Your quality of sleep affects everything from your energy, mood and mental clarity to your self-control, waistline and overall health. Yet about one in three adults don't get enough shut-eye on a regular basis, according to the Centers for Disease Control and Prevention.
The novel coronavirus pandemic may be making it even more challenging to get restful sleep. In a survey of more than 1,000 people in France, a majority — 74 percent — reported experiencing sleep problems after 2 weeks of COVID-19 lockdowns, according to results published in June 2020 in the Journal of Sleep Research.
While there are many factors that play a role when it comes to your ability to fall and stay asleep, you can help yourself get the best night's rest possible by making sure your bedtime routine and sleep environment appeal to your senses — all five of them.
Get tips on how to stay healthy, safe and sane during the novel coronavirus pandemic.
1. Make the Room Dark
First things first, appeal to your sense of sight. Things like your alarm clock, cellphone, streetlights or even a full moon may impact the quality of your sleep. These lights send a wake-up message to your brain, which suppresses your body's production of melatonin (the sleep hormone), making it harder to fall asleep and stay asleep.
For some solid shut-eye, make your bedroom completely dark, advises Robert Oexman, MD, director of the Sleep to Live Institute. "Use blackout shades to block outside light. If the alarm clock has LED lights, it should be turned around and covered up," says Dr. Oexman.
This advice goes for cellphones, too: Plug them in outside the bedroom or turn on the "Do Not Disturb" feature to keep them from lighting up with notifications during the night.
2. Do a Sound Check
Do you need music to soothe you to sleep? An audiobook? Maybe the television? Sound preference at night varies greatly from person to person. Listening to music or an audiobook may help you relax, improving the quality of your sleep, according to the National Sleep Foundation. Music has the ability to slow your heart rate and may even trigger muscle relaxation.
For some, however, noise before sleep may cause a disruption to sleep patterns. When you find what works for you, keep nighttime noise levels constant. Once (and if) you incorporate music into your nighttime routine, stick with it in order to improve your sleep over the longer term.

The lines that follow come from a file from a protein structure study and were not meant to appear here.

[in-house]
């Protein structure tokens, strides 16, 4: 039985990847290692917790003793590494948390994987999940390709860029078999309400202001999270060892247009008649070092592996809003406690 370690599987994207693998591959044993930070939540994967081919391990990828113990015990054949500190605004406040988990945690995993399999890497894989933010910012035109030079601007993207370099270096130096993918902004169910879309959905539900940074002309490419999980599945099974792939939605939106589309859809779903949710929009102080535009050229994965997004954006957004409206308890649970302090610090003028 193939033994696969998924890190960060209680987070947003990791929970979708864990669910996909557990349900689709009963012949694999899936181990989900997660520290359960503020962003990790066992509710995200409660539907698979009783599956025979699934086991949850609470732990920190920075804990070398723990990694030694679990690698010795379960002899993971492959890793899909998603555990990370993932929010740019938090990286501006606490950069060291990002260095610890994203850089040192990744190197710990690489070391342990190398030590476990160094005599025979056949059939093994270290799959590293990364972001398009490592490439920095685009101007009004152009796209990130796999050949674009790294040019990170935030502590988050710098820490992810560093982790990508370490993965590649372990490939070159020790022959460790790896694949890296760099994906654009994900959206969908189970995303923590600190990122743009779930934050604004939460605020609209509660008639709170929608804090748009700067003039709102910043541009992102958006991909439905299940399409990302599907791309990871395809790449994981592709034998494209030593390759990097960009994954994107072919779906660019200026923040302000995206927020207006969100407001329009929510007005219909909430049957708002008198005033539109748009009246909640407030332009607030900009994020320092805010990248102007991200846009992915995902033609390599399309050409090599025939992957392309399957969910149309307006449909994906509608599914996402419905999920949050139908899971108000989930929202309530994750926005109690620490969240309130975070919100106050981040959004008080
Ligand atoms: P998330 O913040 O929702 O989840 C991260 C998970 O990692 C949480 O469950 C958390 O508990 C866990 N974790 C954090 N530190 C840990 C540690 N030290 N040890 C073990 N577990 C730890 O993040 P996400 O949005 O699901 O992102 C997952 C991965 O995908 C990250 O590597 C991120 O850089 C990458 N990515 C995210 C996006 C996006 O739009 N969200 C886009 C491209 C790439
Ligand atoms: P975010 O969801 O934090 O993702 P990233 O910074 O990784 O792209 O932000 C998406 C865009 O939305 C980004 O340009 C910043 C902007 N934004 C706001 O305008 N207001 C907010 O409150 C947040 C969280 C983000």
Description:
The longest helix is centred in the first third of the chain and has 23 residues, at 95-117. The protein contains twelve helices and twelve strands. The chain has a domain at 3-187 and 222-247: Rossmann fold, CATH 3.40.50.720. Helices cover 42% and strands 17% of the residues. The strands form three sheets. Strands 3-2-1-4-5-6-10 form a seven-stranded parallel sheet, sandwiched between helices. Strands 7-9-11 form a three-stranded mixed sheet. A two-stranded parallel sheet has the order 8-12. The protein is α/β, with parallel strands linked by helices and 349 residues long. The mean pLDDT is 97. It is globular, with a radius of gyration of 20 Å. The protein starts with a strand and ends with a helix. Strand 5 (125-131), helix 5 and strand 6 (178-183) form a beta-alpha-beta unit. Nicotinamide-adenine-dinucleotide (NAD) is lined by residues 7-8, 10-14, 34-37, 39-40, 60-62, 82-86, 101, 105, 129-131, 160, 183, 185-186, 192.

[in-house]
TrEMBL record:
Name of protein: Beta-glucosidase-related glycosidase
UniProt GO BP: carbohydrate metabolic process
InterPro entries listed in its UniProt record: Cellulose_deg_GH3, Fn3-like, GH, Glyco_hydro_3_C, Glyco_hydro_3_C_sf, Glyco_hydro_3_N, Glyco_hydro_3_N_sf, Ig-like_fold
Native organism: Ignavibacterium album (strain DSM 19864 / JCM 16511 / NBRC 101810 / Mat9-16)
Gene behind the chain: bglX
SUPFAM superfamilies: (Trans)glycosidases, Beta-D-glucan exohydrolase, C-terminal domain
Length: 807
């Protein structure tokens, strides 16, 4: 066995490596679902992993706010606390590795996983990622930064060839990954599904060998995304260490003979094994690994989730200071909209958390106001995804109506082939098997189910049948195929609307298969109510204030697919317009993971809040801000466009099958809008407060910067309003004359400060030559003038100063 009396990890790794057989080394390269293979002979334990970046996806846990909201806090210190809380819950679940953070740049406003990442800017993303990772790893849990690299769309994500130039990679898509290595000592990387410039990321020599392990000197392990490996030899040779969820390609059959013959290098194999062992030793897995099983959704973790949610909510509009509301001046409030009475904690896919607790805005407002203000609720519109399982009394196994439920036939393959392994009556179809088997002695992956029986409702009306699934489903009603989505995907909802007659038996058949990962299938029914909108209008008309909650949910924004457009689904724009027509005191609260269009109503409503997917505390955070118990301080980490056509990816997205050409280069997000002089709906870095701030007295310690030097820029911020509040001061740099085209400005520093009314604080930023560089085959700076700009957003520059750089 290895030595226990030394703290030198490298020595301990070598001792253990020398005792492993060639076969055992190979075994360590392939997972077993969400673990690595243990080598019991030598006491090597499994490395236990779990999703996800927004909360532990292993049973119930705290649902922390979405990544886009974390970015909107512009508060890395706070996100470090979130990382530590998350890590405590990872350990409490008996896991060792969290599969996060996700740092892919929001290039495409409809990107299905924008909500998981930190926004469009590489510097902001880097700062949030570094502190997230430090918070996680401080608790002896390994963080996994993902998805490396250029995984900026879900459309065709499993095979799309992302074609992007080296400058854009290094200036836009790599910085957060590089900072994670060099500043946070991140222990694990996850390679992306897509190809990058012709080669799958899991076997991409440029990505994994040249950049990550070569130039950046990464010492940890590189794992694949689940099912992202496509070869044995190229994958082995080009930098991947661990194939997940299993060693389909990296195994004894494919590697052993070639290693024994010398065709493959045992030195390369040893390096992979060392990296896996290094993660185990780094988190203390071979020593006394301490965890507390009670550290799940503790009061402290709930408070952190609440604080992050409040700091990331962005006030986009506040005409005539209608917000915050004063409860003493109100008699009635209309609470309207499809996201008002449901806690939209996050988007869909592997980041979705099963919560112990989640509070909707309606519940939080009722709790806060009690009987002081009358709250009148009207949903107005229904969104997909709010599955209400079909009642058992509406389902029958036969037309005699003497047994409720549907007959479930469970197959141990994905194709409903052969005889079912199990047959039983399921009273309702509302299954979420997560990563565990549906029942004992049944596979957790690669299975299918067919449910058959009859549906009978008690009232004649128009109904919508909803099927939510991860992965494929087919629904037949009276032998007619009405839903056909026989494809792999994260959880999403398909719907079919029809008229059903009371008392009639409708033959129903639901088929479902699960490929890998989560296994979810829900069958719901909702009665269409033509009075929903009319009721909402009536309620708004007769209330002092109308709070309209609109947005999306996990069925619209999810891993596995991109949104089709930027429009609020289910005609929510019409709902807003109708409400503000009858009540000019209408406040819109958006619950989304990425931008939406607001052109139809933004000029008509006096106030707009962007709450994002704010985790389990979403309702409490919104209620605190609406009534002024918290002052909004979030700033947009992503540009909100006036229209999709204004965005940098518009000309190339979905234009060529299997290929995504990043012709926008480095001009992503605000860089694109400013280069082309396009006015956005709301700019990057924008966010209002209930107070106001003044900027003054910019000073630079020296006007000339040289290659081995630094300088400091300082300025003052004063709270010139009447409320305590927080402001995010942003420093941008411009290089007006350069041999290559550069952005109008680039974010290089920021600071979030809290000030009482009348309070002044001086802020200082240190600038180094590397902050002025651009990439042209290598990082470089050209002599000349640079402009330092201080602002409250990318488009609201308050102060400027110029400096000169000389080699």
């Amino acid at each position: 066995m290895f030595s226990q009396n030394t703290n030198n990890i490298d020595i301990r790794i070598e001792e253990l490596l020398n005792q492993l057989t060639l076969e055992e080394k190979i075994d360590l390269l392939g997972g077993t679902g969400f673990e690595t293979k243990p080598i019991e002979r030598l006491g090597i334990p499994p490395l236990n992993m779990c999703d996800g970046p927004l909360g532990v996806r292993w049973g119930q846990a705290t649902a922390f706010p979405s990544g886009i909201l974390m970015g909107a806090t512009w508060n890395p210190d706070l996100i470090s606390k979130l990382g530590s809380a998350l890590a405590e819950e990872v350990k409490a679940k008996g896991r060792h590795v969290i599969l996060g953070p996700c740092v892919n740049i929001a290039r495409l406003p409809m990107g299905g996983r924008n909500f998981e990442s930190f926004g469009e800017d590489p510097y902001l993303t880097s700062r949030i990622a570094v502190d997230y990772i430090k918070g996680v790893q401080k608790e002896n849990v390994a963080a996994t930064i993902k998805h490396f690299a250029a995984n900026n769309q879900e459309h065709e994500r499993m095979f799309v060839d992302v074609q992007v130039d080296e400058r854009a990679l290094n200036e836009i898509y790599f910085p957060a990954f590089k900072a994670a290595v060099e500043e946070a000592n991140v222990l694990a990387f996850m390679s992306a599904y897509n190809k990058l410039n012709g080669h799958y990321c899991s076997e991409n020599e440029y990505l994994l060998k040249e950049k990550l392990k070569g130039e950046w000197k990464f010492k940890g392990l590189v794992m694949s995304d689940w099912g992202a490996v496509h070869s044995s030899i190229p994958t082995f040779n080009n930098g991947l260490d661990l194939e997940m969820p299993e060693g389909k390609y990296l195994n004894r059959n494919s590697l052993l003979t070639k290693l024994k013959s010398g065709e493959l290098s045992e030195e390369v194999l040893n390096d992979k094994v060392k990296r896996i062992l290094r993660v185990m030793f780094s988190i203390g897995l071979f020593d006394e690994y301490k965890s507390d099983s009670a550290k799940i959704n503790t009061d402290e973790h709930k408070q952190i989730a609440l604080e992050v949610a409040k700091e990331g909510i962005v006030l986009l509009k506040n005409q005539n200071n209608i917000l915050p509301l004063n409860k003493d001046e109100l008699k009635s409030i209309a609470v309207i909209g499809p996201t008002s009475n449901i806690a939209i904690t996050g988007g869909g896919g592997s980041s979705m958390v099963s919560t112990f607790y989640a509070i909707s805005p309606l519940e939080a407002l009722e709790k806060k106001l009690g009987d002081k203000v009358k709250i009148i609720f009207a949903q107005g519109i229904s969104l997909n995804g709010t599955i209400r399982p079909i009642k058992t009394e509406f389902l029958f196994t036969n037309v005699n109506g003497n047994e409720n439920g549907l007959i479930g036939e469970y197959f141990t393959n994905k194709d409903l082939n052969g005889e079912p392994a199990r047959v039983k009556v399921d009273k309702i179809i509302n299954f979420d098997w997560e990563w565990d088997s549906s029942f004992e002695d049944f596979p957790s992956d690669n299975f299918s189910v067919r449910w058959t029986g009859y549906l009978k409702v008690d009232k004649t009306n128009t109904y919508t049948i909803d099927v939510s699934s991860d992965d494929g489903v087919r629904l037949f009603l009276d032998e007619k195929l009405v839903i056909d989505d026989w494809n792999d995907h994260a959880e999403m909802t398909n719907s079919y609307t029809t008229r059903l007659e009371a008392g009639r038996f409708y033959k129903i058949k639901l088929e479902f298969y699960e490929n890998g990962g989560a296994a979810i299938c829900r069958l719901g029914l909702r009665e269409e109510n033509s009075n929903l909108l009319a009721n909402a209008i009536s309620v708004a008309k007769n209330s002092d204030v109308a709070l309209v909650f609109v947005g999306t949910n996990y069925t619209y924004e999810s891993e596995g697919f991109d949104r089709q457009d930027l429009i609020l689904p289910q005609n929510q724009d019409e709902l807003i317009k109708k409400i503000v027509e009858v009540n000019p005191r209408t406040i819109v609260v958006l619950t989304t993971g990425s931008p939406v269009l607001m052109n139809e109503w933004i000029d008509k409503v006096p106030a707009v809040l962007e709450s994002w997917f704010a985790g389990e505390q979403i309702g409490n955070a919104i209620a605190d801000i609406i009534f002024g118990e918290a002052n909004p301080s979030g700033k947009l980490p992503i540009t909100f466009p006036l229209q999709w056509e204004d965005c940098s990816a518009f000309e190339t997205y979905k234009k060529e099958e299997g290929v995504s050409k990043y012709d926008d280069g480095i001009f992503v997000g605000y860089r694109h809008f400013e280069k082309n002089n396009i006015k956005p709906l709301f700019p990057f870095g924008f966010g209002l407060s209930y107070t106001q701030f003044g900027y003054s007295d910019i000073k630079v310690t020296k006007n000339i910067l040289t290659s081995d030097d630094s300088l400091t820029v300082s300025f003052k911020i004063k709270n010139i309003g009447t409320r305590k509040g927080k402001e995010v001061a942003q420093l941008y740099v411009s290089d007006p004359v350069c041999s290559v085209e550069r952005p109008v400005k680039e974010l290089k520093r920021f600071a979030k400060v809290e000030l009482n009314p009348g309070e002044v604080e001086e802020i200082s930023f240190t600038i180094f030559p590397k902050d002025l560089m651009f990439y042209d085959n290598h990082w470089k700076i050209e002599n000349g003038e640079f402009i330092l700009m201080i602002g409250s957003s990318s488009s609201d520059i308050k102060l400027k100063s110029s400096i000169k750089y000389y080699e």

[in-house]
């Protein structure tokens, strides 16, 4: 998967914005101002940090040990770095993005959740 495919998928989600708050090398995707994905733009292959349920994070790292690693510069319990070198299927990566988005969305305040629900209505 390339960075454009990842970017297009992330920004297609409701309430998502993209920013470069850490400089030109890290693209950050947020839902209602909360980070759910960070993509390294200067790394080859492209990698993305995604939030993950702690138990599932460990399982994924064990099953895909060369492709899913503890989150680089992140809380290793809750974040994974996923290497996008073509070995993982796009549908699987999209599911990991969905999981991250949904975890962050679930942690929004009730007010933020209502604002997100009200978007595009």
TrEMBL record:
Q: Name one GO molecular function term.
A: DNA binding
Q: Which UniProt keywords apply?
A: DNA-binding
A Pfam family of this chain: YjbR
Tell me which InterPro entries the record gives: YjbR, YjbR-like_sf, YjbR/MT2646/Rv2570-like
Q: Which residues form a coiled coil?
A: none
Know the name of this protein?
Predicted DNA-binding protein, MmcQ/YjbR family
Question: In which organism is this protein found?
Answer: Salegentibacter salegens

3. Cool It Down
While soft, comfortable bedding can lull you into a good night's sleep, another touch element is also important: temperature. In the evening, body temperature begins to slowly decrease, continuing to fall until the early hours of the morning, when the body begins to warm, helping to rouse you from dreamland. "A room temperature of 65 to 68 degrees Fahrenheit is optimal," says Dr. Oexman.
Taking a warm shower or bath before bed can also help cue your body to start cooling off. A warm bath or shower (between 104 to 109 degrees) about 90 minutes before bed can significantly improve your sleep quality and help you fall asleep an average of 10 minutes faster, according to a review of more than 5,000 studies published in the August 2019 issue of Sleep Medicine Reviews.
4. Sniff a Soothing Scent
Can you sniff your way to a better night's sleep? Surprisingly, the answer may be yes.
Using essential oils has been shown to help improve sleep quality, according to the National Sleep Foundation. Lavender, in particular, has been associated with lower blood pressure, heart rate and skin temperature, per an April 2012 study in the Journal of the Medical Association of Thailand.
Not into lavender? Choose a smell you like and stick with it even when you travel, Dr. Oexman says. Don't choose a scent you smell regularly during the day, though. Using the scent only at bedtime can help train your body and brain to connect it with sleep.
If essential oils aren't your thing, try this aww-worthy trick: Slip a T-shirt recently worn by your partner over your pillow to help you drift off to dreamland. It might sound corny, but a study accepted for publication in Psychological Science in February 2020 found that just the scent of a romantic partner can improve the quality of your zzzs.
5. Try a Taste of Tartness
Of all the five senses, taste is often forgotten during bedtime routines. While warm beverages can be soothing, tart cherry juice is a natural source of the sleep hormone melatonin. The benefit? Those who drank two 8-ounce glasses of tart cherry juice a day got an average of 85 minutes more sleep in an April 2014 study published in The FASEB Journal.
Foods with tryptophan can also help make you drowsy, according to the National Sleep Foundation. Turkey is a well-known source of tryptophan, but eggs, chicken, nuts and dairy all contain similar amounts. Pairing your favorite tryptophan-containing food with a carbohydrate will make it an even more effective snooze-agent.
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- Journal of the Medical Association of Thailand: "The effects of lavender oil inhalation on emotional states, autonomic nervous system, and brain electrical activity."
- Centers for Disease Control and Prevention: "1 in 3 adults don’t get enough sleep"
- National Sleep Foundation: "Can Music Help You Calm Down and Sleep Better?"
- National Sleep Foundation: "Best Essential Oils for a Good Night’s Sleep"
- The FASEB Journal: "Tart cherry juice increases sleep time in older adults with insomnia (830.9)"
- National Sleep Foundation: "Food and Sleep"
- Sleep Medicine Reviews: "Before-bedtime passive body heating by warm shower or bath to improve sleep: A systematic review and meta-analysis."
- Psychological Science: "Romance, Scent, and Sleep: The Stuff that Dreams Are Made Of"
- Journal of Sleep Research: "Covid‐19 Health Crisis and Lockdown Associated With High Level of Sleep Complaints and Hypnotic Uptake at the Population Level"